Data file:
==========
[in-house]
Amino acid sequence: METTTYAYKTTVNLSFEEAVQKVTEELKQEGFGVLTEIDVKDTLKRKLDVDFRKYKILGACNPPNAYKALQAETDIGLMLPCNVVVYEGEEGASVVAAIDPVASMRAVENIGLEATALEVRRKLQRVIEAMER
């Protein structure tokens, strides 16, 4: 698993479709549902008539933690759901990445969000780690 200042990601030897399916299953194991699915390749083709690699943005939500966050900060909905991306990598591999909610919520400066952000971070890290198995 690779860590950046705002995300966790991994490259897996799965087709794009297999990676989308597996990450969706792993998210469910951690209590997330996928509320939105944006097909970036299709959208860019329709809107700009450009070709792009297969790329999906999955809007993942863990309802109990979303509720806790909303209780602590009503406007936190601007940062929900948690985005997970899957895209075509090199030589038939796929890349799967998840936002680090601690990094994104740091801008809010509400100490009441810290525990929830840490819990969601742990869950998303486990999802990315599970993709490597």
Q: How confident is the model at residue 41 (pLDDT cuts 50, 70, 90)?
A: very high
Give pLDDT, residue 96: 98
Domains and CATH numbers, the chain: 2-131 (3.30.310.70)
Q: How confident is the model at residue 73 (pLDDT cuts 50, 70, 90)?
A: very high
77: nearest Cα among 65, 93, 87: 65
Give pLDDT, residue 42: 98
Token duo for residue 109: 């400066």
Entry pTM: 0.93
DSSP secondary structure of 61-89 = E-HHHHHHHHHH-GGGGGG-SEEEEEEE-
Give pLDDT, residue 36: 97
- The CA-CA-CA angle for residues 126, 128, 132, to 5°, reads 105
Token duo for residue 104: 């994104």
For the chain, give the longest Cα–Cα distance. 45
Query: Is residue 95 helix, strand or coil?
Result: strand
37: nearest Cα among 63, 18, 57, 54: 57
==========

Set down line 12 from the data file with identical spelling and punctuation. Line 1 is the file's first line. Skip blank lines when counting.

Token duo for residue 109: 């400066």